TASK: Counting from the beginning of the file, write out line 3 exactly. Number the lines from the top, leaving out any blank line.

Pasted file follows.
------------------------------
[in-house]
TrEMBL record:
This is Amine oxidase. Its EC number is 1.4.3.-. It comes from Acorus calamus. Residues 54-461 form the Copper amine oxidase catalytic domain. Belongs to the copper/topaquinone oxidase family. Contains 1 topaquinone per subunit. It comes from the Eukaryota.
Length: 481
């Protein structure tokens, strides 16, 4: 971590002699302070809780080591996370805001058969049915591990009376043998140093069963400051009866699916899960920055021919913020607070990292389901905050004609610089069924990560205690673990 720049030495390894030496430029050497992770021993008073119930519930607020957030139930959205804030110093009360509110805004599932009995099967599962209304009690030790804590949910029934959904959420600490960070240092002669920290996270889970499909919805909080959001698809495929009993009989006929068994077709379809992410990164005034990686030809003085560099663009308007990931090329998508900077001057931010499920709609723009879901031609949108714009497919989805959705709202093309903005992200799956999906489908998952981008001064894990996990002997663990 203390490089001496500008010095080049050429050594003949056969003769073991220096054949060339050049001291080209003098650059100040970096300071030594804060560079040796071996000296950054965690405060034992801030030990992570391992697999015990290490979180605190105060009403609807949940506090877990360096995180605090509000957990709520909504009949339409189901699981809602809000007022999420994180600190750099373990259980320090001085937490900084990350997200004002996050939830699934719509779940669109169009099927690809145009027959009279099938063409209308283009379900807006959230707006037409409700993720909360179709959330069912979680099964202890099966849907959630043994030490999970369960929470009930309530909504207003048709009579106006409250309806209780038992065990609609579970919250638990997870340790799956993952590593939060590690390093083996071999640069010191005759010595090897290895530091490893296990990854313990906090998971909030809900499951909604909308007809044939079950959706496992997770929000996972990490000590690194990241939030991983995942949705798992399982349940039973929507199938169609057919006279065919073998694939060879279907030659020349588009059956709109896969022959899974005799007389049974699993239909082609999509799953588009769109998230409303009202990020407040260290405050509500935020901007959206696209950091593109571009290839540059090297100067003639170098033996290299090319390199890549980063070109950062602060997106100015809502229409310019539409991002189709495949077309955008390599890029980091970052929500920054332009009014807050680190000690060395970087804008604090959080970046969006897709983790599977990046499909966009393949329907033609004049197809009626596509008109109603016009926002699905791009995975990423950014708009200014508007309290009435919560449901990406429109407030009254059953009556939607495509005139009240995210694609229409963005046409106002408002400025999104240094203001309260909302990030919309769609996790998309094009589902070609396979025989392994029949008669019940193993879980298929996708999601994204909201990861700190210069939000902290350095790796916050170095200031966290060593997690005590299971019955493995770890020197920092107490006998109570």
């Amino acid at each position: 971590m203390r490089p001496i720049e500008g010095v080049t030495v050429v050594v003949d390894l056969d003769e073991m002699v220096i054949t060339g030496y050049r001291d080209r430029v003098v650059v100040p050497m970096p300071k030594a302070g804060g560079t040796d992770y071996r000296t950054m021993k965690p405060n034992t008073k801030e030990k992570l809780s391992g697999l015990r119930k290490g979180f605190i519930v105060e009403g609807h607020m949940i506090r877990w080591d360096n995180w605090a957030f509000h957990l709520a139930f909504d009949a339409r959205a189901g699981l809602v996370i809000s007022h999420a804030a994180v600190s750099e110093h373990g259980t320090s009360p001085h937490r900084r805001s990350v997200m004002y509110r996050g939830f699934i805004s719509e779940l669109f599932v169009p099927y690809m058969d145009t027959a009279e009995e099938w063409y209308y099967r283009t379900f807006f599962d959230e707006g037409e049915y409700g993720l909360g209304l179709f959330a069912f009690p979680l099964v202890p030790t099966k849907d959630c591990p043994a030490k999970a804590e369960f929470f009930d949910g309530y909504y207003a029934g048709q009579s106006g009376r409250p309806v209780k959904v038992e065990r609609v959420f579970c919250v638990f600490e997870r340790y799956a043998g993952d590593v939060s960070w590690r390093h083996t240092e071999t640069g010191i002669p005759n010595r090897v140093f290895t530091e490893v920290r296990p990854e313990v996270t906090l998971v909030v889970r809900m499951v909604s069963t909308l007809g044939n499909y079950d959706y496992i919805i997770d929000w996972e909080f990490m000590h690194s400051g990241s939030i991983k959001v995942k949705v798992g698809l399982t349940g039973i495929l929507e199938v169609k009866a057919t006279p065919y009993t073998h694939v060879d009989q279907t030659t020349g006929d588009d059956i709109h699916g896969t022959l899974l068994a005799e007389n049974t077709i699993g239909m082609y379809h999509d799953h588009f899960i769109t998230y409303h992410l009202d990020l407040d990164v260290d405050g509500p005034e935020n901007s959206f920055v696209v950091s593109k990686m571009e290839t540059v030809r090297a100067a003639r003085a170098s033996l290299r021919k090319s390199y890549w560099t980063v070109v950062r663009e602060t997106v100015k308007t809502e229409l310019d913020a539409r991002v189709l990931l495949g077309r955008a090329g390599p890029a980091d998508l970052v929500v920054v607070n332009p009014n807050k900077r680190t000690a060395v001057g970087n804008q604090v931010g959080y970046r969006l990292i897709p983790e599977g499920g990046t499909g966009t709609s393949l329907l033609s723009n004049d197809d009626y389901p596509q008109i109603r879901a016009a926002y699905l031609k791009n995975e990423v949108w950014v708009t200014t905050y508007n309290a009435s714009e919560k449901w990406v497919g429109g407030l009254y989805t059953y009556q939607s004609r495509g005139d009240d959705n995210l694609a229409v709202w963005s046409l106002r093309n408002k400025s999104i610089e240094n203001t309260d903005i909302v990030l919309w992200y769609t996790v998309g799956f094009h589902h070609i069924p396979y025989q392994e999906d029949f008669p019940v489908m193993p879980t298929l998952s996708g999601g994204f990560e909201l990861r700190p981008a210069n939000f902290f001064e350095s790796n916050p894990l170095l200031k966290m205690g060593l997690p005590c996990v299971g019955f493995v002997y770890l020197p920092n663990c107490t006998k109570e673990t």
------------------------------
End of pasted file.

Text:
This is Amine oxidase. Its EC number is 1.4.3.-. It comes from Acorus calamus. Residues 54-461 form the Copper amine oxidase catalytic domain. Belongs to the copper/topaquinone oxidase family. Contains 1 topaquinone per subunit. It comes from the Eukaryota.